Mainz Daily Photo

Today is ANZAC Day #1878

Anzac Day occurs on 25 April. It commemorates all New Zealanders killed in war and also honours returned servicemen and women.

The date itself marks the anniversary of the landing of New Zealand and Australian soldiers – the Anzacs – on the Gallipoli Peninsula in 1915. The aim was to capture the Dardanelles, the gateway to the Bosphorus and the Black Sea. At the end of the campaign, Gallipoli was still held by its Turkish defenders.

Thousands lost their lives in the Gallipoli campaign: 87,000 Turks, 44,000 men from France and the British Empire, including 8500 Australians. To this day, Australia also marks the events of 25 April. Among the dead were 2721 New Zealanders, almost one in four of those who served on Gallipoli. New Zealand lost almost 2% of its population in World War 1

Mustafa Kemal Atatürk, a Turkish commander at Gallipoli and the first President of Turkey wrote these words in 1934″

Those heroes who shed their blood and lost their lives, you are now lying in the soil of a friendly country. Therefore rest in peace. There is no difference between the Johnnies and the Mehmets to us where they lie side by side in this country of ours. You, the mothers who sent their sons from far away countries wipe away your tears, your sons are now lying in our bosoms and are in peace. After having lost their lives on this land they become our sons as well.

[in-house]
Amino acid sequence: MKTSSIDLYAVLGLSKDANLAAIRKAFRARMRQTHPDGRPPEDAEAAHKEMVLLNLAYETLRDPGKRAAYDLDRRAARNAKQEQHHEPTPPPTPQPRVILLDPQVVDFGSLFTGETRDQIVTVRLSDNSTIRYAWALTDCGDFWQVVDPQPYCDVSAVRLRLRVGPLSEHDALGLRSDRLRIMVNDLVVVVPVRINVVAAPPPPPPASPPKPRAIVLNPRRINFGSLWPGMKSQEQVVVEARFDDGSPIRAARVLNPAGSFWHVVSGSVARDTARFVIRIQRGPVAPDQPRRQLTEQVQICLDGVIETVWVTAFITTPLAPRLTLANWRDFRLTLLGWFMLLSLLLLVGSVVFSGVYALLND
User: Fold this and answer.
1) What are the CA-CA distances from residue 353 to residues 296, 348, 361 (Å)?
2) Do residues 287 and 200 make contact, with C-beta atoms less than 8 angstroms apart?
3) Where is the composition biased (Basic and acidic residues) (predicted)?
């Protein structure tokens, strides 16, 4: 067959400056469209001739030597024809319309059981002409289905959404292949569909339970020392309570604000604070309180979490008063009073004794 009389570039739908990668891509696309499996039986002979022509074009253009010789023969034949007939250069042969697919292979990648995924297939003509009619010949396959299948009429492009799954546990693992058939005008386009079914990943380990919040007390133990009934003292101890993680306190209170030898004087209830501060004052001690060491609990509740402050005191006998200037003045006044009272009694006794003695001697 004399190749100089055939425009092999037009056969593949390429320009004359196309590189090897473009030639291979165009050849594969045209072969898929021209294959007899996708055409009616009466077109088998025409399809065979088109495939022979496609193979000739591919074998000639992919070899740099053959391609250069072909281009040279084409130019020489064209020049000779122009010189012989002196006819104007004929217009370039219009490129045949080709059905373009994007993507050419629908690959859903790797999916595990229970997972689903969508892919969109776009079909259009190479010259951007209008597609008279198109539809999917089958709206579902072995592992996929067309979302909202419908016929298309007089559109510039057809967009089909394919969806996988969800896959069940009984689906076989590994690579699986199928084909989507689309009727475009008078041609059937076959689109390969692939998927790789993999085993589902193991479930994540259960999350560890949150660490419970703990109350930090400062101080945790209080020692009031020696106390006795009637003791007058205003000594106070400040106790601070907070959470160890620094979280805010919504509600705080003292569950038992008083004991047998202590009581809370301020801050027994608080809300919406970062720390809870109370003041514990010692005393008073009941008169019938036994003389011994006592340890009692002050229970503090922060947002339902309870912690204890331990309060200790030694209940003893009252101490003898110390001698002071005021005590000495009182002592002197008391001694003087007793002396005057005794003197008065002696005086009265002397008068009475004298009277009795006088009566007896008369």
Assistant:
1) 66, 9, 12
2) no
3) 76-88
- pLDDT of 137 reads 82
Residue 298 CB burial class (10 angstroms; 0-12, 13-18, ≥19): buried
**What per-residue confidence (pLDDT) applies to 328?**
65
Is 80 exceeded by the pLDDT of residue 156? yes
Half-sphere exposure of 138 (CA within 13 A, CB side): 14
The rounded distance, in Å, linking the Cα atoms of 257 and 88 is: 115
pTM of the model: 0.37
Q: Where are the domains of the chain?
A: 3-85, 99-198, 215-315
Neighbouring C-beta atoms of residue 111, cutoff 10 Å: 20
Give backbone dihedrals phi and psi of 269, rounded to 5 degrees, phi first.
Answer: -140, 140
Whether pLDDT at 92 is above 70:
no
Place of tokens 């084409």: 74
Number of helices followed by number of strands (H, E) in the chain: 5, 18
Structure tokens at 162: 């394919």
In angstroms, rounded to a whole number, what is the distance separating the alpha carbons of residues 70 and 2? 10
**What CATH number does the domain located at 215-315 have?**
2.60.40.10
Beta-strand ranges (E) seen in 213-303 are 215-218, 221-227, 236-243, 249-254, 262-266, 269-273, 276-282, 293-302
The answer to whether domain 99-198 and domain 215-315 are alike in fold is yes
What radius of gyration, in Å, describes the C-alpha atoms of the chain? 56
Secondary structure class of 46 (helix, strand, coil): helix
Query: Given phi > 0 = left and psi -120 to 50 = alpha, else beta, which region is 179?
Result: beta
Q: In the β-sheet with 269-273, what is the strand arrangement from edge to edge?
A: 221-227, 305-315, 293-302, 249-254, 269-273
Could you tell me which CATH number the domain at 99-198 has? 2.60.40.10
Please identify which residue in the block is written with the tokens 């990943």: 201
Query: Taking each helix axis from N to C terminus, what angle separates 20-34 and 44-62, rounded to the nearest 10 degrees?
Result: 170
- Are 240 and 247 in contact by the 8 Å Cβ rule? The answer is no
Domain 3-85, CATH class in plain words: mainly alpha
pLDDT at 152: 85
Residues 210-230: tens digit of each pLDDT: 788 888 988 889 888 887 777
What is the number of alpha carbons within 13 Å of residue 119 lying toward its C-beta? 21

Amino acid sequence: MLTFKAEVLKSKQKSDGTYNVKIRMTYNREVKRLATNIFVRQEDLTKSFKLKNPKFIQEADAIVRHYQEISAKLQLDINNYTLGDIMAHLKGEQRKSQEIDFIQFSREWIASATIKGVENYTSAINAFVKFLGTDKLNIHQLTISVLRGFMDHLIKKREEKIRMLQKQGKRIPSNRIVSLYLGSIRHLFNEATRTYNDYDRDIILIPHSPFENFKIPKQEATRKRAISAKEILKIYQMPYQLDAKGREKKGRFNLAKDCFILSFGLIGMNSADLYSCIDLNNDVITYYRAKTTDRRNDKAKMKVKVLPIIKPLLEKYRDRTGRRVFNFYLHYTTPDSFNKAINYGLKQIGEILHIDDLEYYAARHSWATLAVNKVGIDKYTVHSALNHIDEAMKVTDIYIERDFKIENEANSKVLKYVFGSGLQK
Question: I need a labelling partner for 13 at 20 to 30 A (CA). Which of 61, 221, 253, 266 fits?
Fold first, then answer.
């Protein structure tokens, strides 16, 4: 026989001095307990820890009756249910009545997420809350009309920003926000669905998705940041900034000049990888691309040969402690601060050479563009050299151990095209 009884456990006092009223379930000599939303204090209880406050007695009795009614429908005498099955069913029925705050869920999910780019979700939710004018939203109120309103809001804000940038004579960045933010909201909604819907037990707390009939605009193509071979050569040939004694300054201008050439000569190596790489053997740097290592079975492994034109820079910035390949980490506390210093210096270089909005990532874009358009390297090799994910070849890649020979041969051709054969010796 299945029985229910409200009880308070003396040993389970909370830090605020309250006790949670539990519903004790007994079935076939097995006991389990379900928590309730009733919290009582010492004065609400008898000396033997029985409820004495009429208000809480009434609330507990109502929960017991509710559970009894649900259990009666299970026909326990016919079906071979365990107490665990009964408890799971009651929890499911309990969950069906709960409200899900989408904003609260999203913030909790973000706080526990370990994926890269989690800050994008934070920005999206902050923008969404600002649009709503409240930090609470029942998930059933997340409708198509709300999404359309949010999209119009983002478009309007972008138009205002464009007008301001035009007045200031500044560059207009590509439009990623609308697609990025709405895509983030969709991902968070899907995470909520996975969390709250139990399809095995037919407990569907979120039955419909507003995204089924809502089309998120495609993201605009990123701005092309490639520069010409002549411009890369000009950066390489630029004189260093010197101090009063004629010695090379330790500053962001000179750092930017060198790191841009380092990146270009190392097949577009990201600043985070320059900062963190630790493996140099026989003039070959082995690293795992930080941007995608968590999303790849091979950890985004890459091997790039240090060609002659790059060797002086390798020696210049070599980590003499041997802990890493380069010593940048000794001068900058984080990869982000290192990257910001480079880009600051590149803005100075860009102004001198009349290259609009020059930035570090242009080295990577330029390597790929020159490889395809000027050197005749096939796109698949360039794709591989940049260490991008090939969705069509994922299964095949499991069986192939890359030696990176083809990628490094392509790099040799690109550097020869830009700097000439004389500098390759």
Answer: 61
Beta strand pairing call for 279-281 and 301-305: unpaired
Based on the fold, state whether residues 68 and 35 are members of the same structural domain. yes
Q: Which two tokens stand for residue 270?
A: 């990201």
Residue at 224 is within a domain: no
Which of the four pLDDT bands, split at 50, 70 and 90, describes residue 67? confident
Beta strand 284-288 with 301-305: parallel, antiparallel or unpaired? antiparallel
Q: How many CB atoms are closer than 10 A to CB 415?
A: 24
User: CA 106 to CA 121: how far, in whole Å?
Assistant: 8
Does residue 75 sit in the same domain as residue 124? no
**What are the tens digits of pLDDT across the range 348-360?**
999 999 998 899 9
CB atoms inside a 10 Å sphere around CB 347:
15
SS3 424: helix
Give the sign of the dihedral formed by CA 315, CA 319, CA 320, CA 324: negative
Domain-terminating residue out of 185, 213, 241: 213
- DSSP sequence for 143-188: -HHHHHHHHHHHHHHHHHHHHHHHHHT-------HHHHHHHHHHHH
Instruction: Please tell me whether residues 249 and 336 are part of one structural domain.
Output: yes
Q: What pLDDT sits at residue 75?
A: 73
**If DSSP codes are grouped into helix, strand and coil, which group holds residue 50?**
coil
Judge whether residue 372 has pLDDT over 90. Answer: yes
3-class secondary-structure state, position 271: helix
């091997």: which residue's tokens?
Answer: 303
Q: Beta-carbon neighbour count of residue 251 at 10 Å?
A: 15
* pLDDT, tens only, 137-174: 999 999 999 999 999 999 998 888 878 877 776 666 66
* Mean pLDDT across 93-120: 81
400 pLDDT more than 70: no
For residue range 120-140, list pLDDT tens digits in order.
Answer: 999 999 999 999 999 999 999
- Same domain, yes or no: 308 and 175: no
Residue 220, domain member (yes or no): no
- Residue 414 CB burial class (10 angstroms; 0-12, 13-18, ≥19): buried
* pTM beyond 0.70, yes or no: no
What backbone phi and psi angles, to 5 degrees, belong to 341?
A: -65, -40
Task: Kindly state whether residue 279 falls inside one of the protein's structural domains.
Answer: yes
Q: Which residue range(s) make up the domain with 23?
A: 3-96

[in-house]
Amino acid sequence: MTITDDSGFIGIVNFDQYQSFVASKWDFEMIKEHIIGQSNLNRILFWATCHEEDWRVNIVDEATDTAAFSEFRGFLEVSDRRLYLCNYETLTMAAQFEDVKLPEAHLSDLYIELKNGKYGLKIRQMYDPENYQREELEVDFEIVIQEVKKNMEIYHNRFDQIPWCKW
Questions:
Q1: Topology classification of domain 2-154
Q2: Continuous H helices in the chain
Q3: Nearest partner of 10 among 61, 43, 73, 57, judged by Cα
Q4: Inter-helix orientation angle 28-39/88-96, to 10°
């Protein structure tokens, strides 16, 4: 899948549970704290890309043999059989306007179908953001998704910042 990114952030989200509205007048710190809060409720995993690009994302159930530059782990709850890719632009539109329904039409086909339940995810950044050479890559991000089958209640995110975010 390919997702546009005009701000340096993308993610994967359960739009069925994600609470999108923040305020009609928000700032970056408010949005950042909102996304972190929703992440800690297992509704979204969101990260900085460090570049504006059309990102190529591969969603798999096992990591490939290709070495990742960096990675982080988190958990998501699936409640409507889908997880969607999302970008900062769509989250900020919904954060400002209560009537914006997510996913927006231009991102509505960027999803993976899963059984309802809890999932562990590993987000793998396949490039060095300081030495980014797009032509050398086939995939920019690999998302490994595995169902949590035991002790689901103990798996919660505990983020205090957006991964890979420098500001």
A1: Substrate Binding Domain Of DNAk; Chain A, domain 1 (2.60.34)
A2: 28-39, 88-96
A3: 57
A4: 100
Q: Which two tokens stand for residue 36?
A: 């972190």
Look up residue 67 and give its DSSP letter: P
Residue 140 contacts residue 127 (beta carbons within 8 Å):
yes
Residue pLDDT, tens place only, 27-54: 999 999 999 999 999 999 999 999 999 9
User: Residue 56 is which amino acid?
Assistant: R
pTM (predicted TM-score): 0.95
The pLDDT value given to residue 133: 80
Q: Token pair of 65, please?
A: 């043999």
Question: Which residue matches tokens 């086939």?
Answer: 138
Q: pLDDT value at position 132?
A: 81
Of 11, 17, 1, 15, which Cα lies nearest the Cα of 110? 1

They are engraved on memorials at Anzac Cove, Canberra and Wellington.

The poppy?

This explains it well.

Beaker by Isabelle Pamuchius

This entry was published on 25 April, 2013 at 13:00 and is filed under History, Icons, Mainz. Bookmark the permalink. Follow any comments here with the RSS feed for this post.

4 thoughts on “Today is ANZAC Day #1878

  1. Two countries sharing a remembrance day is a fitting memorial to those who died. I’m pleased to see that these soldiers have not been forgotten. Thanks for all the information!

  2. An interesting inversion of what I have been drowning in all day, jb.

    • A bit cryptic? As someone’s who has experienced the physical process, I wouldn’t necessarily attach any positive attributes to “drowning”..

      • I am becoming weary of the modern take, here in Australia, of ANZAC Day. I noted your text was an ‘inversion’. Here in Australia, the role that NZ played is rarely mentioned, nor given equal billing, hence your post gave me the ability to see through the eyes of another nation. The ‘drowing’ had no positive attributes at all, the way I meant it. To me, ‘drowning’ indicates that I am out of my depth and struggling, and that is how the day is becoming for me. Here, there is such an overly patriotic and jingoistic tone to the entire day and to the published memories – published by the current media, I mean. Citizens wrap themselves in the Australian flag, and extol the virtues of ‘the little digger’, with no knowledge of the person at all. This has little to do with their service or sacrifice. It is being touted as the day when the nation was forged, when our character was set. And heaven help anyone who questions or disagrees ….

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